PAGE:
This week, LastPass, a widely used password manager, revealed that it had suffered a massive data breach caused by a hacker exploiting an unpatched software vulnerability.
This incident serves as a stark reminder of the importance of maintaining good cybersecurity practices to avoid falling victim to similar attacks, and the risks of not keeping software up to date.
The hacker installed malware on an employee’s home computer, which enabled them to capture keystrokes and steal the employee’s master password, giving them access to LastPass’s corporate vault.
But how did the hacker deliver the malware to the employee’s computer? LastPass initially stated that the hacker exploited a “vulnerable third-party media software package,” without disclosing any further details.
The Exploit That Led to the LastPass Data Breach
According to a report by PCMag, the hacker targeted the Plex Media Server software to load the malware onto the LastPass employee’s home computer. The exploited flaw is known as CVE-2020-5741, which was publicly disclosed by Plex in May 2020.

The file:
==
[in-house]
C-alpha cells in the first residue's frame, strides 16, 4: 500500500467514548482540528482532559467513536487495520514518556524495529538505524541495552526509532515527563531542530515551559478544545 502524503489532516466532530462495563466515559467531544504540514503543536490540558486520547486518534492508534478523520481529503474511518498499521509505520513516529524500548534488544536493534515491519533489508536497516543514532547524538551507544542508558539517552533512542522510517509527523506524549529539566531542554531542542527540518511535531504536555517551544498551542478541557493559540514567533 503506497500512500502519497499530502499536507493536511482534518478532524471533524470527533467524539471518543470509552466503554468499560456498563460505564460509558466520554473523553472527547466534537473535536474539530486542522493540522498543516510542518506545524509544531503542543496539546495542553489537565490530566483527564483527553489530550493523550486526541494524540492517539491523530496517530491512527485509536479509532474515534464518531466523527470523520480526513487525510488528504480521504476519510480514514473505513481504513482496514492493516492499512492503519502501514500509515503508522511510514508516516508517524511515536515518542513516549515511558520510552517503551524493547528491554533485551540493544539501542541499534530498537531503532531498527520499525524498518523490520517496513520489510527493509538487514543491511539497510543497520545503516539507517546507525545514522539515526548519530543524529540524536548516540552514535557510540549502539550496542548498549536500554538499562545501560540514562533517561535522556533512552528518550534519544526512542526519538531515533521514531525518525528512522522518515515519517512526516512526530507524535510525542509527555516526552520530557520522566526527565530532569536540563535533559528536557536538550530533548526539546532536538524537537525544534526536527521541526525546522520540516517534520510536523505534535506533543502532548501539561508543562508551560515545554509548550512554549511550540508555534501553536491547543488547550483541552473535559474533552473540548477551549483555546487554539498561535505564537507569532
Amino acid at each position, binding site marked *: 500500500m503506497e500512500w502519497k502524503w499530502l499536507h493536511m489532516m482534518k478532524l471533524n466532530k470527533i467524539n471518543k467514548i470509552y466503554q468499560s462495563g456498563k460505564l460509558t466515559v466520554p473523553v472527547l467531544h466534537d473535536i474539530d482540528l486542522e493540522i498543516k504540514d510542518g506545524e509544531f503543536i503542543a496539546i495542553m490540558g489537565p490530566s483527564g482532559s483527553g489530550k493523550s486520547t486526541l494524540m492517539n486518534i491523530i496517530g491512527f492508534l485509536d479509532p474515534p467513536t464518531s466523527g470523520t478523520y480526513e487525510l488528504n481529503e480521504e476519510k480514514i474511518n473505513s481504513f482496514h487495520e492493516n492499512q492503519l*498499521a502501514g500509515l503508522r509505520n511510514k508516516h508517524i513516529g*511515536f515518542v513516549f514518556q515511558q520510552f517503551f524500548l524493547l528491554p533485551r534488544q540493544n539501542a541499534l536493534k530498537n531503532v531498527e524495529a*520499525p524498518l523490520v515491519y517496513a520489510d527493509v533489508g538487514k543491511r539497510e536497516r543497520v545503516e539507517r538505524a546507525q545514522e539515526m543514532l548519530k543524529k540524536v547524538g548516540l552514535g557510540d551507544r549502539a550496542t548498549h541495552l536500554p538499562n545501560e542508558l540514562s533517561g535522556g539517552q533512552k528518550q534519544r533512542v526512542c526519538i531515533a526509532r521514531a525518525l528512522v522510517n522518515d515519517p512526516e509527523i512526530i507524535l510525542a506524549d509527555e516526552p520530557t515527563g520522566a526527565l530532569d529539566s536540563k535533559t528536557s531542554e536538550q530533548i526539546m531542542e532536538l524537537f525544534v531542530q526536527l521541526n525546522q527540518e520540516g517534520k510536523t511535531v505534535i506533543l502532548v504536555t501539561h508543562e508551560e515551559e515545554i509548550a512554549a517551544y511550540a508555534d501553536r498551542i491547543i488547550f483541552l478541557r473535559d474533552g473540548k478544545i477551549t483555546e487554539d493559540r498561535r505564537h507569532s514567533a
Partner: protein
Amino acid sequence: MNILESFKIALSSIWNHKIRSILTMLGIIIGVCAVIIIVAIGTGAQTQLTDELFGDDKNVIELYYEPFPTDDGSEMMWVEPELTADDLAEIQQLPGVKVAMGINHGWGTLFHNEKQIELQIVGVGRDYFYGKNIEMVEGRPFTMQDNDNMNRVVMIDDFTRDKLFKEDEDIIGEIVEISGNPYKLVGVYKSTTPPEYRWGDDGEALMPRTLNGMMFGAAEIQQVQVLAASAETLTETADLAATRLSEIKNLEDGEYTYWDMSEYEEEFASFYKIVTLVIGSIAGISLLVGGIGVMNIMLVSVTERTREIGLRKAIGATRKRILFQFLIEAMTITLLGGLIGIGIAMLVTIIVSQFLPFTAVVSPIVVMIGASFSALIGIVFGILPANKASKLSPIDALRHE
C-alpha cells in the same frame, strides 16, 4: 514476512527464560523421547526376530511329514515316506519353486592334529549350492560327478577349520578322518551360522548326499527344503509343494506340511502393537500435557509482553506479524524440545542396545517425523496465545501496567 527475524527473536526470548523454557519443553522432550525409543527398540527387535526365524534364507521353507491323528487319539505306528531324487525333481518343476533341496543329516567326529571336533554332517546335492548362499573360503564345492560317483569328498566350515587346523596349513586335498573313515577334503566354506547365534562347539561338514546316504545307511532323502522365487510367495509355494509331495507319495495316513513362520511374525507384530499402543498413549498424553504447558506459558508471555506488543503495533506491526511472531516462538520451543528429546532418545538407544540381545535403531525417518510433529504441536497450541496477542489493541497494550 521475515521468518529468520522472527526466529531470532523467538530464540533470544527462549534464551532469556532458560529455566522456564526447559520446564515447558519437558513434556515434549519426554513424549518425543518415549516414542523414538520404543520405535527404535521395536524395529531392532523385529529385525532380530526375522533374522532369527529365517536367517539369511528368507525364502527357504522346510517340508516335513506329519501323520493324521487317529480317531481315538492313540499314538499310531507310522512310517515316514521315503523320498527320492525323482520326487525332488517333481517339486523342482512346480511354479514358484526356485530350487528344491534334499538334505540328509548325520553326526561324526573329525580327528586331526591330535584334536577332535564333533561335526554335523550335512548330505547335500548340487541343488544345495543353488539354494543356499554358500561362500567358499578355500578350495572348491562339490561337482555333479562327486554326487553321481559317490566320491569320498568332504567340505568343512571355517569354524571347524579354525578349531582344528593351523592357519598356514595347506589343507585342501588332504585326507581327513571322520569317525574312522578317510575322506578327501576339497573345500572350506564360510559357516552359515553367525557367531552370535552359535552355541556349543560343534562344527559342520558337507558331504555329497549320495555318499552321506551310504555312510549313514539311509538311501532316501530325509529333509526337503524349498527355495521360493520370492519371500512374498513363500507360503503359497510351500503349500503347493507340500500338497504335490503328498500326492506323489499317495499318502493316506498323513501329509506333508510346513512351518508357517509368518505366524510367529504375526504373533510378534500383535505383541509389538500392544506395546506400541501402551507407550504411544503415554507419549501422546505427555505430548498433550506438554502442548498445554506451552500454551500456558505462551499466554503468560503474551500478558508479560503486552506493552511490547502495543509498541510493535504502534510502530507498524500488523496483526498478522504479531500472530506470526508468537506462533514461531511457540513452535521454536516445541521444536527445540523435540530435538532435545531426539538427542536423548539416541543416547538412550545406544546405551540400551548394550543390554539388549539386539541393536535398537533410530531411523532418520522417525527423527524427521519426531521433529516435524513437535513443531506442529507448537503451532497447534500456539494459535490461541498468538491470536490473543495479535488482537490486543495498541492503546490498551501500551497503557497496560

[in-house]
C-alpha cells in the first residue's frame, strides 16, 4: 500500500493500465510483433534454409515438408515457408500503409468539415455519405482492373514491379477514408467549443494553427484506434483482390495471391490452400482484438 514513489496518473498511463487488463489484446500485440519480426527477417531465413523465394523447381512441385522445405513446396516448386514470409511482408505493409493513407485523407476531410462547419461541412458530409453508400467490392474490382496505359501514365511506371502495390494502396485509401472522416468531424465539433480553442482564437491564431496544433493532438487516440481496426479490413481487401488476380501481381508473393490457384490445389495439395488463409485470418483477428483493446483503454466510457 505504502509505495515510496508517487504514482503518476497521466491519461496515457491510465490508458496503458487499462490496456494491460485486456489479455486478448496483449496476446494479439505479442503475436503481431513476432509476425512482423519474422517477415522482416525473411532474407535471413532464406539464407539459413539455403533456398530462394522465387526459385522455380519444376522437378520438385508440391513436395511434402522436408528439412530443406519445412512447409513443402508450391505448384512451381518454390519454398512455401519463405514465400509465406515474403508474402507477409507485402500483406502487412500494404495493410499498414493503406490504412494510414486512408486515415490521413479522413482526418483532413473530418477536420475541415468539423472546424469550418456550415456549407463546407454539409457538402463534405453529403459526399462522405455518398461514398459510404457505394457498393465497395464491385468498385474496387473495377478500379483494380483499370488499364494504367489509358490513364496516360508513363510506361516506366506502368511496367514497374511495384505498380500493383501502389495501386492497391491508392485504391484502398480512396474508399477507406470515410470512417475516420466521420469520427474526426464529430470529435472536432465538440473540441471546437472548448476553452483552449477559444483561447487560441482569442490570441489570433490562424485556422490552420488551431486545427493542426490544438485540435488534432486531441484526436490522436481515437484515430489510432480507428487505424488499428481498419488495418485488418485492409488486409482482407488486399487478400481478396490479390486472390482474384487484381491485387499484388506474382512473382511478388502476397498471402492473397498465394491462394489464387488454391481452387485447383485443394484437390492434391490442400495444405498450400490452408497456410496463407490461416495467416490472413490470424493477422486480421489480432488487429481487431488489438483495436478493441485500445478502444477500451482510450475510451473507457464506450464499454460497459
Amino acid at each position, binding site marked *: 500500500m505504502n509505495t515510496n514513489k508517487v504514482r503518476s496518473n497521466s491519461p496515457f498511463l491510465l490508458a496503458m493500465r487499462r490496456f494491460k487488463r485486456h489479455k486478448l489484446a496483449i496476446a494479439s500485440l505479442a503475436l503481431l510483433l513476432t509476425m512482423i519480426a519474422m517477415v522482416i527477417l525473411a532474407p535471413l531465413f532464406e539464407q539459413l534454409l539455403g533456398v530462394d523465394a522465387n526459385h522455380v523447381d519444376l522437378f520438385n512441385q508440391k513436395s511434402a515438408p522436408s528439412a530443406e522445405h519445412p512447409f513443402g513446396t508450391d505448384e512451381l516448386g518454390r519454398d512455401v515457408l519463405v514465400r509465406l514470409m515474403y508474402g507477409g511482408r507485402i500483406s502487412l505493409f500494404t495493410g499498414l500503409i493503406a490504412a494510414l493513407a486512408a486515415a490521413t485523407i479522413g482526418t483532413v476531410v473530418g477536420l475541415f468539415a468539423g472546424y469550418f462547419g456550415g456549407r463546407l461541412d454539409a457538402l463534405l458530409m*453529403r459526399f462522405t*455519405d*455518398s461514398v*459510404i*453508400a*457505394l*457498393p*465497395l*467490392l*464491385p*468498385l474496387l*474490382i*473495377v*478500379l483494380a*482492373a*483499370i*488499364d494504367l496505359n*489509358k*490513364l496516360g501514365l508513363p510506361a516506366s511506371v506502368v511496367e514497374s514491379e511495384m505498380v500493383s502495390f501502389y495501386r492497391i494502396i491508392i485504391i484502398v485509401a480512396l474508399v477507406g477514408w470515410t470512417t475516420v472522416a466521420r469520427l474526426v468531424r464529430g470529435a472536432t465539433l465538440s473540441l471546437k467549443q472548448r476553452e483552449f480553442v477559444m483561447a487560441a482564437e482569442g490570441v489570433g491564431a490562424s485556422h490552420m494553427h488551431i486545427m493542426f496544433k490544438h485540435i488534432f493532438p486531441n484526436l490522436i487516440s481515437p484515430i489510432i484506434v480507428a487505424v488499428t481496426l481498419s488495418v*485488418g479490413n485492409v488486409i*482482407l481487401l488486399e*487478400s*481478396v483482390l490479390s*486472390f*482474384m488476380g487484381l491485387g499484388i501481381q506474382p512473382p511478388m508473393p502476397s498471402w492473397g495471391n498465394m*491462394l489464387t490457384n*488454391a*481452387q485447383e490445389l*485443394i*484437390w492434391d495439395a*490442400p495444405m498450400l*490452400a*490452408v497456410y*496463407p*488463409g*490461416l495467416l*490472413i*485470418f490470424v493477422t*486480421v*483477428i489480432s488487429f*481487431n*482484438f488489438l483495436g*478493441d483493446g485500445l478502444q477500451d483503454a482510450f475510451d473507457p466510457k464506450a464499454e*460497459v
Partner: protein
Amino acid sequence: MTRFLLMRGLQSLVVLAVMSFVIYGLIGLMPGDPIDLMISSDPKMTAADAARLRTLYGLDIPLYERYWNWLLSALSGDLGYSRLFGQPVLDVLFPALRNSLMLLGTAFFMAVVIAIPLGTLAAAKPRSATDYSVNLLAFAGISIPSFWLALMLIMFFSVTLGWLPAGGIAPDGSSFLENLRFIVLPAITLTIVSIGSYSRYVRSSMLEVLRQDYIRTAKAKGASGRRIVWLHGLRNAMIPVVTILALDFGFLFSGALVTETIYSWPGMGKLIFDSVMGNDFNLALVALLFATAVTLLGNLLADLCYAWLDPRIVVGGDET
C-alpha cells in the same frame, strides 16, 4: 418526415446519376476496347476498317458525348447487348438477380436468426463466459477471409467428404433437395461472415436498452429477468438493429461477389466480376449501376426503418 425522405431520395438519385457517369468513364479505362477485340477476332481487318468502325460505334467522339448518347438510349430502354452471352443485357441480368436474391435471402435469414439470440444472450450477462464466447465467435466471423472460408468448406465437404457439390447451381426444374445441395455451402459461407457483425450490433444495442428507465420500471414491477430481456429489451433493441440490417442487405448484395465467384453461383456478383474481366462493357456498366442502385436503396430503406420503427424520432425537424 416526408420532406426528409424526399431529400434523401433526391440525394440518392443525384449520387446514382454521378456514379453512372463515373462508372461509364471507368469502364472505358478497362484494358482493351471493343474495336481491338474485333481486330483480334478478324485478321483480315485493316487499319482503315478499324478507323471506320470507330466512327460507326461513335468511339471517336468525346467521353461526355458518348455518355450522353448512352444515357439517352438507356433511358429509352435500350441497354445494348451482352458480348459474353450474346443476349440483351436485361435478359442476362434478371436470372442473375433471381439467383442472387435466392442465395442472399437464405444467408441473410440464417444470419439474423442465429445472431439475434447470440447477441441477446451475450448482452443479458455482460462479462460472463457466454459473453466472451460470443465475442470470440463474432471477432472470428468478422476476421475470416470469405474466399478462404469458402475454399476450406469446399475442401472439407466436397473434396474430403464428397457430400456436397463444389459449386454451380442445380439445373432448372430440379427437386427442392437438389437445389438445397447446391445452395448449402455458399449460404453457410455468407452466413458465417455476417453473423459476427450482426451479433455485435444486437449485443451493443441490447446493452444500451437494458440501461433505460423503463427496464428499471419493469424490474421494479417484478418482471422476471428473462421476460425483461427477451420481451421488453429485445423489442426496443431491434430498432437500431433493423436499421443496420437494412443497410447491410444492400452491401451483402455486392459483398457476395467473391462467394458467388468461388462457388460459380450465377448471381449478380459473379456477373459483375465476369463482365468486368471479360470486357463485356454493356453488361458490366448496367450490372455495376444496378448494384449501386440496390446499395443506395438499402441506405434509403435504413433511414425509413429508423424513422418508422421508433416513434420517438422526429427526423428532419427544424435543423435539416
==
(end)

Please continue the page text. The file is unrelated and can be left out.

The vulnerability allowed an attacker with admin access to a Plex Media Server to abuse the Camera Upload feature to make the server execute malicious code. A patch was made available to users at the time, but the LastPass employee did not update their software to activate the patch.
The High Cost of a Simple Oversight: Lessons from the LastPass Hack
This incident highlights the importance of keeping software up to date. However, it is worth noting that the hacker already had admin access to the employee’s Plex Media Server account, suggesting they were already targeting the LastPass staffer and could have found other ways to infect their computer with malware.
Another mistake by LastPass was allowing the employees to use their home computer to access extremely sensitive data. The breach has damaged trust in LastPass, but the company has been working to improve its security in response.
Moving Forward After LastPass Data Breach: What Users and Companies Need to Know
This breach serves as a reminder of the importance of supporting good cybersecurity practices, such as regularly updating software and using strong passwords. It also highlights the risk of using personal devices to access corporate data, particularly in a work-from-home environment where security measures may not be as robust as in an office setting.
The incident underscores the need for organisations to implement strong security protocols, including multi-factor authentication and regular vulnerability testing, to minimise the risk of a breach. It is also a warning that companies need to be vigilant in checking their networks for unusual activity and responding quickly to any suspected breaches.